How to Remove Scratches from Tile Floors

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Porcelain and ceramic tiles are often glazed, which can make it even more difficult to do floor tiles scratch repair because any repairs are immediately visible.
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It's never pleasant to discover a scratch in your porcelain, ceramic or natural stone tiles. Unlike wood, tile is usually glossy, so scratches and other imperfections are more visible. Porcelain and ceramic tiles are often glazed, which can make it even more difficult to do floor tiles scratch repair because any repairs are immediately visible.

However, it's almost impossible to have a tiled room in any part of your house that won't eventually see a scratch or two. For this reason, it's always a great idea to keep several spare tiles on hand after you've installed the floor. If you need to replace a tile or a row of tiles, it's much easier to do it with the ones you have stored away than to order new tiles and run the risk that the ones you need are unavailable or have been discontinued.

If a scratch has gone deep past the glazed, colored surface of the tile, you're likely going to have to replace the entire tile. This is because deep scratches can quickly turn into cracks and fractures in the tile, loosening them and making them vulnerable to chipping and breaking. However, if the scratch is only on the surface of the tile, the odds are that you can repair it without having to replace the entire tile as long as you have the right materials.

Prepare to Remove Scratches From Ceramic Tile

If you plan to remove scratches from ceramic tile or porcelain tile, there are several materials you'll want to have in your arsenal and a number that you'll want to avoid. Porcelain and ceramic tile nearly always have glazed surfaces that make them extremely vulnerable to scratching and damage. It's a good idea to avoid abrasive scrub pads, steel wool and harsh cleansers with abrasive ingredients that could further scratch the surface of your tile.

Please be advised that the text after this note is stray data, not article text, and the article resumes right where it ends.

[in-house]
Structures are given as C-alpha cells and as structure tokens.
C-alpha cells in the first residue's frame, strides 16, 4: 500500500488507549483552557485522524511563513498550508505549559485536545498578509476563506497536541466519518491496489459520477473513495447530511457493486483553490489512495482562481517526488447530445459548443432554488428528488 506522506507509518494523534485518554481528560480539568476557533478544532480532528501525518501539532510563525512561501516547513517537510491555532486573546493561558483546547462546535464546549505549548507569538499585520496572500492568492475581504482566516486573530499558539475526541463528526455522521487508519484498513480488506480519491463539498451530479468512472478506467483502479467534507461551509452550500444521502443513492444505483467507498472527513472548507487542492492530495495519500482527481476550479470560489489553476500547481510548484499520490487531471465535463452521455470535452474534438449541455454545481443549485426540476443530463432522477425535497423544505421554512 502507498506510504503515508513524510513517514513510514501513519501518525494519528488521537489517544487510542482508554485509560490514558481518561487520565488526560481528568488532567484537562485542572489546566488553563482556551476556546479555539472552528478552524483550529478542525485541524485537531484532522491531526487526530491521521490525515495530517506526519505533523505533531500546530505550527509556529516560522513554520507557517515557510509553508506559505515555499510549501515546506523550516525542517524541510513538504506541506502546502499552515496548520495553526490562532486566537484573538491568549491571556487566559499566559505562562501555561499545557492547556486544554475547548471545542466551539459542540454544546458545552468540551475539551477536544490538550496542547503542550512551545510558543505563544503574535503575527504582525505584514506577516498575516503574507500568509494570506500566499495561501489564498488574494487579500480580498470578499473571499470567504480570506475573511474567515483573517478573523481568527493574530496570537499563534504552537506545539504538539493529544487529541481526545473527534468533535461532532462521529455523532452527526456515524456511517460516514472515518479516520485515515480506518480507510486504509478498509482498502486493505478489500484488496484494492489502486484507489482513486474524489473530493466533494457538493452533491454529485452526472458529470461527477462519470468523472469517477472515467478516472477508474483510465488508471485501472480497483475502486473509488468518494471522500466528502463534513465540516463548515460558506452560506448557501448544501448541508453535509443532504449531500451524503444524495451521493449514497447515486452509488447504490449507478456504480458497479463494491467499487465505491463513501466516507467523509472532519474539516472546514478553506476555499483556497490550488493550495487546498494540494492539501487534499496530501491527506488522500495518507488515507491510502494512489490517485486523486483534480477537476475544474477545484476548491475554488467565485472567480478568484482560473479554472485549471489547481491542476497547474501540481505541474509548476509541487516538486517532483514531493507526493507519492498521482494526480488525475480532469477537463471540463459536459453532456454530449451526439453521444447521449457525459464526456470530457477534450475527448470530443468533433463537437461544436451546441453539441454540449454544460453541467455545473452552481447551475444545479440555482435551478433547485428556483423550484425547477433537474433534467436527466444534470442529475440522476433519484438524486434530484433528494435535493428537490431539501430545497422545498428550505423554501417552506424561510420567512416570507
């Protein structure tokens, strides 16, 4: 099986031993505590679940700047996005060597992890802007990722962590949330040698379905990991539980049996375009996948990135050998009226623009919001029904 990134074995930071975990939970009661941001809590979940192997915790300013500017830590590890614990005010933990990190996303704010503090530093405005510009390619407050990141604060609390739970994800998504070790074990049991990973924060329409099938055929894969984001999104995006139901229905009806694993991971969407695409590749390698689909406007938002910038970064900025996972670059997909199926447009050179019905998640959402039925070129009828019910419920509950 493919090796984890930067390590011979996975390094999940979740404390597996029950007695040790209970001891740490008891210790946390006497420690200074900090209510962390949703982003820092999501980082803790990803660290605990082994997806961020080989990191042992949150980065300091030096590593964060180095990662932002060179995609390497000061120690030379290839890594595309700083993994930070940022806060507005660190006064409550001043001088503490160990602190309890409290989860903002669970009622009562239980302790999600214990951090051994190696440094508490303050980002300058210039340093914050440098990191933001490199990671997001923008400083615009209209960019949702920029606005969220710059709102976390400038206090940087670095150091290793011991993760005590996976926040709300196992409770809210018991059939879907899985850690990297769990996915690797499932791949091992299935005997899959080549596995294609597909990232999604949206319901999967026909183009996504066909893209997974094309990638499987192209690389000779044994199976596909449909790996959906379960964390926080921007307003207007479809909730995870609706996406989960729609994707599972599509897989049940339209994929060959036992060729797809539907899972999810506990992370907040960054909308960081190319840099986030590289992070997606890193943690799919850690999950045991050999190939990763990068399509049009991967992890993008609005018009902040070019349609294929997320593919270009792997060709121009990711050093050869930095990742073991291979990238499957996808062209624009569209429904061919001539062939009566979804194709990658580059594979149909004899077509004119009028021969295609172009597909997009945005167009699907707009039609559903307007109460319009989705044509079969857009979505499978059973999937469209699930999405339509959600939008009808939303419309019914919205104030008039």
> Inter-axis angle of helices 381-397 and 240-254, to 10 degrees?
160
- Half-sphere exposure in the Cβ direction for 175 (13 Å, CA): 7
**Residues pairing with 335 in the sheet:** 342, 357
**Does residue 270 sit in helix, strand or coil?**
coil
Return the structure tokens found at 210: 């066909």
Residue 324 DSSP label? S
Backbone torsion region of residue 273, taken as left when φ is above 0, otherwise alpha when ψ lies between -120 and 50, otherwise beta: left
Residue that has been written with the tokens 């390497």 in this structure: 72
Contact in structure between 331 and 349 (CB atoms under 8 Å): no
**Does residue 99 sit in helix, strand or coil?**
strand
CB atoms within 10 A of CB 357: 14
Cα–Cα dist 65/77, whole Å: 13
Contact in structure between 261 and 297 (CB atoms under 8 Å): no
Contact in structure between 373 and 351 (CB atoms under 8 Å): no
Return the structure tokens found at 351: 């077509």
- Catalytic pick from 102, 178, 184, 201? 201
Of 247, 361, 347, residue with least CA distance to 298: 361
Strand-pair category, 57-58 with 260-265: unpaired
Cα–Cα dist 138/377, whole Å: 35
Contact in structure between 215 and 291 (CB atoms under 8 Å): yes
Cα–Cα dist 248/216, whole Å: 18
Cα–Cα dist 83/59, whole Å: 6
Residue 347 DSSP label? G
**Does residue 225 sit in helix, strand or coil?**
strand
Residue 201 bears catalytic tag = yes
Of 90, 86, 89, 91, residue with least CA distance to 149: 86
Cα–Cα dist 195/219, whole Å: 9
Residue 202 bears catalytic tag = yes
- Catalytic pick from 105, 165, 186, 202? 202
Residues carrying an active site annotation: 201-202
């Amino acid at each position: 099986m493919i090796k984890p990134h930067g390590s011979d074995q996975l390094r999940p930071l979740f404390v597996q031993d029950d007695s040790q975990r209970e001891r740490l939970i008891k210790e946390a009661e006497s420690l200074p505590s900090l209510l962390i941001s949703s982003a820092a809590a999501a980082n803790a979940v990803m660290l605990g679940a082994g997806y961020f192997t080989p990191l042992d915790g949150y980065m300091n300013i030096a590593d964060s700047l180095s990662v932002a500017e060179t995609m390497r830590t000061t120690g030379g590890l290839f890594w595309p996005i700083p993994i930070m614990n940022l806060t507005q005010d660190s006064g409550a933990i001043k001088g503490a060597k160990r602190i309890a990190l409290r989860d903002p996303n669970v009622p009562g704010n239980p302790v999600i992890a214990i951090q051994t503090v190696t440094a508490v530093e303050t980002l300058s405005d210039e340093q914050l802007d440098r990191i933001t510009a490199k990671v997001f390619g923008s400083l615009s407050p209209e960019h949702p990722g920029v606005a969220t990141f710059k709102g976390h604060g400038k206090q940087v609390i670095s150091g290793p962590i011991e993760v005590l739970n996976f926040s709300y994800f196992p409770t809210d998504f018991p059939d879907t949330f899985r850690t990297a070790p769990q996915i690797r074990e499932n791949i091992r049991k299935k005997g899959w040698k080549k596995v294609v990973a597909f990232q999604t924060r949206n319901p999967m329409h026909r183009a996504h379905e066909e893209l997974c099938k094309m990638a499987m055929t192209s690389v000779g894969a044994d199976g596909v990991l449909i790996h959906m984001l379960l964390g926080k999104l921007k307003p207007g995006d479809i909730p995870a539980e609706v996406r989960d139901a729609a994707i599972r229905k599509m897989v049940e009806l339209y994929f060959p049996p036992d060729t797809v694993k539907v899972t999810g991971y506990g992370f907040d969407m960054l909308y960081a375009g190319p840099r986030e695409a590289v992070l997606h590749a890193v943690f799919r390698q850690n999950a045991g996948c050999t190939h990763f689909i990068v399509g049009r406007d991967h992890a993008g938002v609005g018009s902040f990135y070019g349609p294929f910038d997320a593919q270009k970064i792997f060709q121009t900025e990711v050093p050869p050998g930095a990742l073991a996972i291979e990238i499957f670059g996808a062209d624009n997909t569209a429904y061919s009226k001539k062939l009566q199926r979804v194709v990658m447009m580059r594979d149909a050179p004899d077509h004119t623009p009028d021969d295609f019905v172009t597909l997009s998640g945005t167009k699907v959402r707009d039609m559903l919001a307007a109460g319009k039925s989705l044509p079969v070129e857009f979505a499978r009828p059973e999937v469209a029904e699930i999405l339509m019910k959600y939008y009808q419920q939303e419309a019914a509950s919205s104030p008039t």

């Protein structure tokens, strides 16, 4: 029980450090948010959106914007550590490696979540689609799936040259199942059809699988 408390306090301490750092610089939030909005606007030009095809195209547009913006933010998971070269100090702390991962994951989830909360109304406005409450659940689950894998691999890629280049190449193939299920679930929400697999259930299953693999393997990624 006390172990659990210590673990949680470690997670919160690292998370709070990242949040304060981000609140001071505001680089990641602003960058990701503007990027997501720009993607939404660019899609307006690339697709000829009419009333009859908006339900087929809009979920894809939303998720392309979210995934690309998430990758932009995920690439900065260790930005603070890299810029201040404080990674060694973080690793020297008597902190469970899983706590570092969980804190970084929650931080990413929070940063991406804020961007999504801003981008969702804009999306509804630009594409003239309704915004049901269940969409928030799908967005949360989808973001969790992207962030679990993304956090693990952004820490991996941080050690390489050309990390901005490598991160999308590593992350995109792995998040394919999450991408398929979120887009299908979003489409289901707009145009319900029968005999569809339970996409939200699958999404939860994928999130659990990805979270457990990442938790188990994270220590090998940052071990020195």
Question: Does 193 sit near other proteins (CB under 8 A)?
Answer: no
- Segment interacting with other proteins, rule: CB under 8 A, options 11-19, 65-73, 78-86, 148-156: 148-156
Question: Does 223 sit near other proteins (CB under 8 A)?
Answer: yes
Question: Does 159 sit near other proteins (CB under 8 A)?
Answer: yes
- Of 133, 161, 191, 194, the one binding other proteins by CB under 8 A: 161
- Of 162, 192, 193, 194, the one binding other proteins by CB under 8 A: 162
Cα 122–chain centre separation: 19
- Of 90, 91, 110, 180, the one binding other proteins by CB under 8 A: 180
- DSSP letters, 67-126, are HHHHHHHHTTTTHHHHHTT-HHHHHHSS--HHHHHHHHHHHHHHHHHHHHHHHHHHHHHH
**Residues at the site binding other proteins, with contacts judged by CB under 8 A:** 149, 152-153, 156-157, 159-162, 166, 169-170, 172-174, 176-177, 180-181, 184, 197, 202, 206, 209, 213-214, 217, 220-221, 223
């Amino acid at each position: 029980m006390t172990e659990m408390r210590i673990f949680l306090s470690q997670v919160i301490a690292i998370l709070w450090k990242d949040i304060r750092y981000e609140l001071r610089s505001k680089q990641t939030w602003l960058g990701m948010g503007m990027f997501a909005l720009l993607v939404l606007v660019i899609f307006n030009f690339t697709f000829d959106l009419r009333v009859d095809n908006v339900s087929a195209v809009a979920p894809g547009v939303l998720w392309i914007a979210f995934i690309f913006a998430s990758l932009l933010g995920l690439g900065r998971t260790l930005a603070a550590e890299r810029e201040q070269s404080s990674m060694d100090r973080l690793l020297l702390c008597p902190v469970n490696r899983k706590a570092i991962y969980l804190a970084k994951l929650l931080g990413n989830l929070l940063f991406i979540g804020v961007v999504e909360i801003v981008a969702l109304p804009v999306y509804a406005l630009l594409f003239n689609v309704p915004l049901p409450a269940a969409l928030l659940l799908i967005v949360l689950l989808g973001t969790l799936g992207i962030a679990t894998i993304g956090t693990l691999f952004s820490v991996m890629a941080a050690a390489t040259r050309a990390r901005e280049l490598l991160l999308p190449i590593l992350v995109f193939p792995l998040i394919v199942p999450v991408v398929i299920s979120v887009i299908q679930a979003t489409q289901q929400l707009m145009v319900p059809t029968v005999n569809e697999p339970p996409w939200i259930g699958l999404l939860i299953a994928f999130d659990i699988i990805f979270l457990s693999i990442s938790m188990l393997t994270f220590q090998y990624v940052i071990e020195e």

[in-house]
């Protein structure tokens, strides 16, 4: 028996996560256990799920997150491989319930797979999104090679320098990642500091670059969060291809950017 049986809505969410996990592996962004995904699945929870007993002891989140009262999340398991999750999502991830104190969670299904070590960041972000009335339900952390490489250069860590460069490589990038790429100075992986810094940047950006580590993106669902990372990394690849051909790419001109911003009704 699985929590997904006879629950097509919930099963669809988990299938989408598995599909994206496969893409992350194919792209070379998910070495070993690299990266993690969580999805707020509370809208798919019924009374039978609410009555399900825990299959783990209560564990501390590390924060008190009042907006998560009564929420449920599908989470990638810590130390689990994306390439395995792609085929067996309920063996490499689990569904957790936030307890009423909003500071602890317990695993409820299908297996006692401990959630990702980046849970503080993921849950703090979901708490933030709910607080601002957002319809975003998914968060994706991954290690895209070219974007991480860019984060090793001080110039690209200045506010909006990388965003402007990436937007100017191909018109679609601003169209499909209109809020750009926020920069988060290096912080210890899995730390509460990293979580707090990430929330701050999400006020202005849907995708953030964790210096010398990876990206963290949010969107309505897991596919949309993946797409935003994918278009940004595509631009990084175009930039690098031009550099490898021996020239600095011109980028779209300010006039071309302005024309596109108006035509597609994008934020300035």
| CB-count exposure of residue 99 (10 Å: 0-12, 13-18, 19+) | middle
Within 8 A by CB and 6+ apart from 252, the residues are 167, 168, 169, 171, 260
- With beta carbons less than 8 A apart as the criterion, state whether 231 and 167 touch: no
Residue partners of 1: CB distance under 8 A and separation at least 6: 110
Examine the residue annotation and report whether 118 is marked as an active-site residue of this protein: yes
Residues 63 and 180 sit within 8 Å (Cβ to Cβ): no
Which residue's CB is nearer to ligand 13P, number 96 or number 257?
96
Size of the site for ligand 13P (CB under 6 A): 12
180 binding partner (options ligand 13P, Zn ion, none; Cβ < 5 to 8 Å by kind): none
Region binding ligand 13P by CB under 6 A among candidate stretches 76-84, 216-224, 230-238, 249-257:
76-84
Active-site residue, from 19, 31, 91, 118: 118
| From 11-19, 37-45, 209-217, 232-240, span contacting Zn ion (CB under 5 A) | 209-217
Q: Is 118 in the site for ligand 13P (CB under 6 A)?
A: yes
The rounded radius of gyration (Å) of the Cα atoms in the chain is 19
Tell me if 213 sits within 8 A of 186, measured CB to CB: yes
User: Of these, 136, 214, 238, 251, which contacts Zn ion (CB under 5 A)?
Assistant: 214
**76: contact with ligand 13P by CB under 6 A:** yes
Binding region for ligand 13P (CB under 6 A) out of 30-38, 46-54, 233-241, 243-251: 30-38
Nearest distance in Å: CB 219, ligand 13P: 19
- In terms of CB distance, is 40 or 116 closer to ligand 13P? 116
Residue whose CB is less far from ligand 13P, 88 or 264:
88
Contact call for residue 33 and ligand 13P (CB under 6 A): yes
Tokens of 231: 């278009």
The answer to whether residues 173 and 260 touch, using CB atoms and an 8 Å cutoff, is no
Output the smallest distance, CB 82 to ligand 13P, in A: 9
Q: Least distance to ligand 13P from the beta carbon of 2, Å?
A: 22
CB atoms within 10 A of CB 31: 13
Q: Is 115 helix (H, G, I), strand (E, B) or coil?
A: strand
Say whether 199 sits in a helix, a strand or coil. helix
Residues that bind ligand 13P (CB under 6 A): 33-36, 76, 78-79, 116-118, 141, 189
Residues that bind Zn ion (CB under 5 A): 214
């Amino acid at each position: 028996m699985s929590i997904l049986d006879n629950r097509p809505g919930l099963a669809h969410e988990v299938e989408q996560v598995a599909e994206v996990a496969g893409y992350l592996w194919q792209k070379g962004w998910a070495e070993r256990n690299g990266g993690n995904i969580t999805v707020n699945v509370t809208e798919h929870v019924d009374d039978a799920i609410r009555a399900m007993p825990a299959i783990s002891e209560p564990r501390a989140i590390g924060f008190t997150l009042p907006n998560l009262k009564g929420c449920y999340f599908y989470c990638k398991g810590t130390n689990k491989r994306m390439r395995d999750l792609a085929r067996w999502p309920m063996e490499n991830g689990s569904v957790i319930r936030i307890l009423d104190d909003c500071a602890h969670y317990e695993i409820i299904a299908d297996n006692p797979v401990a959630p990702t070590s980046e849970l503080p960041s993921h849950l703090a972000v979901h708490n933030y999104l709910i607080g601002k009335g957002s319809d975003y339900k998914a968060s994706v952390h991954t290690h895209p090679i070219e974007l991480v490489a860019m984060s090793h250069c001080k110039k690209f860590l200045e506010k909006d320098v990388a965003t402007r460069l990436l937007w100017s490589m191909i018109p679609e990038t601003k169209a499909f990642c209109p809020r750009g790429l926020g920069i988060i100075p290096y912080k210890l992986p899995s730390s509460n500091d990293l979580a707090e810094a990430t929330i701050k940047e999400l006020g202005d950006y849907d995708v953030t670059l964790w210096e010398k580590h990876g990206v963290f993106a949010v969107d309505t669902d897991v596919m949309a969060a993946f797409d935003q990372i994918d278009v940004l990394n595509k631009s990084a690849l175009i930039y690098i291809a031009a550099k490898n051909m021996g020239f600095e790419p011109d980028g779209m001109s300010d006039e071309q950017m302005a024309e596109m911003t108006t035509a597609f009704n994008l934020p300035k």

One of the most critical parts of floor tiles scratch repair is cleaning the scratch. Dip a soft, clean cloth into a basin of soapy water and rub it across the surface of the scratch. Make sure that you clean the entire length of the scratch, paying particular attention to the ends of the scratch where particles of dust and dirt tend to gather.

When you've finished cleaning the scratch, wipe it completely dry with a soft, clean cloth. Once the scratch is clean and dry, cover it with a dry cloth while you gather the products you'll need to repair the scratch itself.

Floor Tiles Scratch Remover

Dip another soft clean cloth into a tub of brass polish. If you don't have brass polish, you may try substituting toothpaste or using vinegar as a repair solution. Rub the solution of your choice across the surface of the scratch. Use small circular motions and make sure that you pay special attention to the top and bottom of the scratch.

Allow the scratch to dry, and then perform the sequence of events again. After this treatment, the scratch itself should be nearly invisible. Seal the scratched area off by applying a layer of car wax to the surface of the tile with another soft clean cloth. Allow the car wax to dry and adhere to the tile.

Many hardware stores now offer tile repair kits, which come with cloths and a polishing solution that have similar active ingredients to those found in brass polish or toothpaste. Depending on the degree of severity of the scratch and the extent to which you'd like to repair it, you may wish to purchase a kit like that.


Ashley Friedman

Ashley Friedman

Ashley Friedman is a freelance writer with experience working in the home, design and interiors space.